Crime Spree Suspect Paid Teen Accomplice for Sex: Detective

Details behind how the teenager and the much-older Philip Hernandez became romantically involved were revealed Monday

An 18-year-old who appears to be much younger than her age faces a host of criminal charges for her alleged role in a violent cross-county crime spree that lasted three days in October.

Cindy Altamirano Garcia was arrested October 31 after a gun battle with San Diego police in Barrio Logan.

Garcia, prosecutors allege, outfitted herself in body armor and carried a semiautomatic firearm alongside her husband Philip Hernandez, 40.

Hernandez, a former Riverside firefighter, was killed in the shootout.

Read: Timeline of Violent Crime Spree

Details behind how the teenager and the much-older Hernandez became romantically involved were revealed at a pre-trial hearing Monday.

The former firefighter gave Garcia $600 a month and promised to send her to photography school in Greece in exchange for sex one investigator testified.

Detective Timothy Cornwell interviewed Garcia – then 17 - at an apartment in Blythe, Calif.

Garcia had called Blythe police asking for help to get away from Hernandez and get back to her home in National City he testified.

The couple first met when Garcia became friends with Hernandez’ teenaged daughter. While sleeping over her friend’s home, she awoke to find Hernandez undressing her, touching her and asking for sex Cornwell testified.

After initially saying no, Garcia told the detective that she decided to agree to sex for the money Hernandez was offering.

She eventually told her story to Cornwell because Hernandez was becoming possessive and talking about marriage and she wanted to go home.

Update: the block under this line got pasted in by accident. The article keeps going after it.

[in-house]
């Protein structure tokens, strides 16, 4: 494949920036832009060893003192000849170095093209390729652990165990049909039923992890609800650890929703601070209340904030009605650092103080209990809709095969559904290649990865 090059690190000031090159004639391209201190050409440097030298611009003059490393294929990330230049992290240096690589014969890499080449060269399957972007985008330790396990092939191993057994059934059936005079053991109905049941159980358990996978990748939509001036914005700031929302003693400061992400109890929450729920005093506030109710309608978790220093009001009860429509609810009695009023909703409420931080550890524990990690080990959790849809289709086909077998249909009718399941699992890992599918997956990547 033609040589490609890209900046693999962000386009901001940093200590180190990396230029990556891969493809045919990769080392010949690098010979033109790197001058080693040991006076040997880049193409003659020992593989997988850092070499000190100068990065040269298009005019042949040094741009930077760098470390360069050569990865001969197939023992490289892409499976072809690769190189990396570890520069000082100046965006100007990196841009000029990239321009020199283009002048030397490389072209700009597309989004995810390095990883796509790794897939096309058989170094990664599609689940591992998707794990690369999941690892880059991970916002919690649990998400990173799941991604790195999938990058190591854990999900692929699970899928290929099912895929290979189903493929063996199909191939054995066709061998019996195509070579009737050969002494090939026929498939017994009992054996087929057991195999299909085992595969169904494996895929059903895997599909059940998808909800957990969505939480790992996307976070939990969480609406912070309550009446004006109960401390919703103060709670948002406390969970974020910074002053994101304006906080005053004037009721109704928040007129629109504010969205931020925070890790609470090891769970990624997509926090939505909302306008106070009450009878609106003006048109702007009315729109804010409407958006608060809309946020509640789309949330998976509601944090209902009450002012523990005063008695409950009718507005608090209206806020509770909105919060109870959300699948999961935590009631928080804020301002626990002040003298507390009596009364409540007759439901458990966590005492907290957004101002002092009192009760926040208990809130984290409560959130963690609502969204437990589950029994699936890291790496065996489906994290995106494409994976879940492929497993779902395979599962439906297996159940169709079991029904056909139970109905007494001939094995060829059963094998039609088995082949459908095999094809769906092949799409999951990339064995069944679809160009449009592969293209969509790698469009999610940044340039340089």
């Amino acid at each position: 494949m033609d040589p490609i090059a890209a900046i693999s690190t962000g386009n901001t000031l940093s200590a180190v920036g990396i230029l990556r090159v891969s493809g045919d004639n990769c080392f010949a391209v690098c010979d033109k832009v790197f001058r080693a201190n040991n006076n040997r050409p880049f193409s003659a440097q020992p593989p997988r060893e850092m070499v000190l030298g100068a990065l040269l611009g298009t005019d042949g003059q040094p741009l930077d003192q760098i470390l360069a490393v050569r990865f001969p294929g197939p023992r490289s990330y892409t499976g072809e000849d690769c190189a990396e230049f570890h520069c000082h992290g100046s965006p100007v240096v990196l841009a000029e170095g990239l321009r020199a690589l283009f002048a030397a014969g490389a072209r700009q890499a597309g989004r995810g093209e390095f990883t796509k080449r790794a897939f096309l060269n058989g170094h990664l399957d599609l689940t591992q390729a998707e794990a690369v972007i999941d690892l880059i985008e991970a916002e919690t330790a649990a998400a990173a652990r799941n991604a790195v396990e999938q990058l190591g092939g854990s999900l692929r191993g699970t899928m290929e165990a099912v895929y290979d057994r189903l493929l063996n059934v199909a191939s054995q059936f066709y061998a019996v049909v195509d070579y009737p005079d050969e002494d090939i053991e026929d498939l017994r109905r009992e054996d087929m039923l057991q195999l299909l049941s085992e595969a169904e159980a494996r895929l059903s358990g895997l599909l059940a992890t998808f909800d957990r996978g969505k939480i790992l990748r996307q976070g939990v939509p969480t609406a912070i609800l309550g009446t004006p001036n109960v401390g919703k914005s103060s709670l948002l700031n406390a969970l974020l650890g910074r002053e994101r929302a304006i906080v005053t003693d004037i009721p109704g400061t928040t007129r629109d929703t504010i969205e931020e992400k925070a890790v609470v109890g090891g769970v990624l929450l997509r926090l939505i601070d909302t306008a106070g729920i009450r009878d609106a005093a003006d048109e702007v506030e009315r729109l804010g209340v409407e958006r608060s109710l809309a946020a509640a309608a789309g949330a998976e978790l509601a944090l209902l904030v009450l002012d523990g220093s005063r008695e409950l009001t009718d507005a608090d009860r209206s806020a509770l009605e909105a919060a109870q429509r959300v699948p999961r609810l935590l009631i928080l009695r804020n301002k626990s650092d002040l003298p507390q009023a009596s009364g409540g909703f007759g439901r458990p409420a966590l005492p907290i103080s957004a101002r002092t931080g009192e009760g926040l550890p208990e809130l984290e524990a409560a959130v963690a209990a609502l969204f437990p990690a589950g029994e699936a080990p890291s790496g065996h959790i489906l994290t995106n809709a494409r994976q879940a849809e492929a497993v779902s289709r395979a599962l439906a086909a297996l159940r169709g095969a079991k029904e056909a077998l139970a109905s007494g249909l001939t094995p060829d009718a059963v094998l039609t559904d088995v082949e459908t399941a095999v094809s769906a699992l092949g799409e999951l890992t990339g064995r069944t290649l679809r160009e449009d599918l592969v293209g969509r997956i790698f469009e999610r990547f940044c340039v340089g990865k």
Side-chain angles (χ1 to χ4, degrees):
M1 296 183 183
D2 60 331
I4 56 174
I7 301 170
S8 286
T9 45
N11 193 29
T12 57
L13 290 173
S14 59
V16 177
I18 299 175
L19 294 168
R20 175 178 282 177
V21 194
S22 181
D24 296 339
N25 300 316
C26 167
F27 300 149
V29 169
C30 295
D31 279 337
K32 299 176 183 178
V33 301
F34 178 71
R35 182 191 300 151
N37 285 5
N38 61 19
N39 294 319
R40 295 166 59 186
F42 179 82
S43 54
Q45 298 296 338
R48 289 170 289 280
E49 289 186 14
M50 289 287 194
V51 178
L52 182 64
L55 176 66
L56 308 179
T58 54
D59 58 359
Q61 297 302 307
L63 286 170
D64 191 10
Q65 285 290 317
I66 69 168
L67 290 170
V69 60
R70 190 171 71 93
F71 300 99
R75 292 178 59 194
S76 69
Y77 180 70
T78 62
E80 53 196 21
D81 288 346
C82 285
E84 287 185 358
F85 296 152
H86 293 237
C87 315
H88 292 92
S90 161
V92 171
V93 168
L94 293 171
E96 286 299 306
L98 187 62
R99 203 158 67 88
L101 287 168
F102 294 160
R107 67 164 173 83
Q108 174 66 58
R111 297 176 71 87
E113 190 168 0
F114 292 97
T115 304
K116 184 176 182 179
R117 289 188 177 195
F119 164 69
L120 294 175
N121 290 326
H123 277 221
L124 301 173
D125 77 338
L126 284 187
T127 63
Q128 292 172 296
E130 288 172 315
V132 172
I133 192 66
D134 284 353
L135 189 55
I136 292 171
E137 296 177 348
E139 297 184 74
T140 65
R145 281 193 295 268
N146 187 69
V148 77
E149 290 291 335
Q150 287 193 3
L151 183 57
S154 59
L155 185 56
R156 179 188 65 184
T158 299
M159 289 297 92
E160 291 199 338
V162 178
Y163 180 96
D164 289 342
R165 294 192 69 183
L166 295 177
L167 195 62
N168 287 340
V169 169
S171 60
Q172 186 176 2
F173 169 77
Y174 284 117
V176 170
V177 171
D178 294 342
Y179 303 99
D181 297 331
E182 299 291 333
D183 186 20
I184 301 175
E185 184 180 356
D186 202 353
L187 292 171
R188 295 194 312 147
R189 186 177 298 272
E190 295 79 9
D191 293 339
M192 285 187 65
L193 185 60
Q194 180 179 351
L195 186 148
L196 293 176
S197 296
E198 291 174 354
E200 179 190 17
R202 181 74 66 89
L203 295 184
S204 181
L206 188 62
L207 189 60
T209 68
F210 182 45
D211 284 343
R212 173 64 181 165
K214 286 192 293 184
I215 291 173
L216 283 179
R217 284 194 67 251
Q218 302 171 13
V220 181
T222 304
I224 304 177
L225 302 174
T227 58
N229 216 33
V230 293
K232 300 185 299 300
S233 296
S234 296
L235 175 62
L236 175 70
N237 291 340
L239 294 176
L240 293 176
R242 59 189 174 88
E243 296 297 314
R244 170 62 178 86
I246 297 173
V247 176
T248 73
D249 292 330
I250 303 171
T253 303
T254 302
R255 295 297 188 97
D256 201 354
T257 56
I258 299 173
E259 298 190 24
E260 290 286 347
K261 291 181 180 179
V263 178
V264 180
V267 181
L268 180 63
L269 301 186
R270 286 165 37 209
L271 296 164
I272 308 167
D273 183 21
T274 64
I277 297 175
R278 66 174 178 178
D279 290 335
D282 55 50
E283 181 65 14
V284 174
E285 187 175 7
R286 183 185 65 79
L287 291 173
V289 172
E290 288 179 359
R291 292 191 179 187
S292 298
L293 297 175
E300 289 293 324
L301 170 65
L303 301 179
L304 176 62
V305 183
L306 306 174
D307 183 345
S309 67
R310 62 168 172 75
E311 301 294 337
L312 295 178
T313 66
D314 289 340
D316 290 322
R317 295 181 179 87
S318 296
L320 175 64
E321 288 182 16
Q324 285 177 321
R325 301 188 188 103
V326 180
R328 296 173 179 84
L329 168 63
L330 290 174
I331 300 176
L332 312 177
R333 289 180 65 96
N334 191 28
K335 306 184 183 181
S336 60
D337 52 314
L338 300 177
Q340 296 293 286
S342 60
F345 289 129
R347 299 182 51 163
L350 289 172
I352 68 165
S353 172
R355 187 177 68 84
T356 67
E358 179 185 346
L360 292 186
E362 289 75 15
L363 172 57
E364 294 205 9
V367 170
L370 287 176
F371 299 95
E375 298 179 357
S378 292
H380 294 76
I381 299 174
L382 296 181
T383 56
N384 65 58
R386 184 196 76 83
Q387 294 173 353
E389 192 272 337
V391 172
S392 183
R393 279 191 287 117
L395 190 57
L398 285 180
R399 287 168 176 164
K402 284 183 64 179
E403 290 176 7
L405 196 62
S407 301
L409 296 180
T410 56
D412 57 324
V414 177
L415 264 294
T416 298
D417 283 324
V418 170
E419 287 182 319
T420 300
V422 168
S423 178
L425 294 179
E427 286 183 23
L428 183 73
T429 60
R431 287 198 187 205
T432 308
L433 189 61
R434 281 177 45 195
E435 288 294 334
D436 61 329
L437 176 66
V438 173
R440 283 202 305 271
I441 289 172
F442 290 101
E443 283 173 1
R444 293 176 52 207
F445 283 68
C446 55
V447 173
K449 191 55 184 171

Hernandez told the detective the sex was consensual and described the relationship as an arranged marriage according to Cornwell.

The detective eventually called Garcia’s mother to come and pick up her daughter.

Undercover police detective John Clarke testified how he happened to see the couple at a Chula Vista grocery store. He said the two people appeared to be very affectionate. Prosecutors presented an image from the store’s surveillance camera showing what appeared to be Garcia and Hernandez in an embrace.

Clarke testified the teenager did not appear to resist the affection in any way.

When Clarke later saw a wanted poster featuring Hernandez, he contacted homicide investigators.

It was this sighting that ultimately led to Hernandez being shot and killed in a shootout with police at the intersection of Cesar Chavez Parkway and Harbor Drive on Halloween.

A man who sold a former police cruiser to Hernandez just five days before he went on a crime spree testified that Hernandez seemed like he was bent on a suicide mission.

Saul Cervantes compared Hernandez's behavior to the "9-11" suicide hijackers, as he "peeled out of the parking lot" in the car he and Cindy Garcia had just bought for $3100.

Garcia now faces a host of charges including five counts of attempted murder on a peace officer, five counts of assaulting a peace officer, arson, carjacking, robbery, making a criminal threat and conspiracy to commit a crime.

In the latter charge, Garcia is accused of waiting in a vehicle outside the downtown headquarters of the San Diego Police Department “in order to kill a police officer” according to court documents filed in the case.

The couple’s crime spree began with a car fire in 2600 block of East Mission Bay Drive. An hour later, a man was shot in Hillcrest in the1200 block of Upas Street.

Then, around 9 a.m., a man was robbed in Mission Valley East. Hours later, veteran off-duty SDPD officer Les Stewart was robbed and shot in the head while using an ATM in Escondido.

A carjacking at a Sam’s Club in Oak Park followed. Later in Chula Vista, the stolen car was found on fire.

In a jailhouse interview, Garcia told NBC 7 San Diego that she had grown to love Hernandez.

She also said the two were found to be wearing body armor at the time of the gun battle because they knew police were out to get them.

Watch: Garcia's Jailhouse Interview

Hernandez, once employed by the Riverside Fire Department from July 2002 to July 2012, had a criminal record.

After he failed to show up for a Riverside court appearance, a warrant was issued and he was arrested in Mission Valley in October.

Officials believe the couple had plans to kidnap and hold an individual for ransom before placing the person in a car and burning it.

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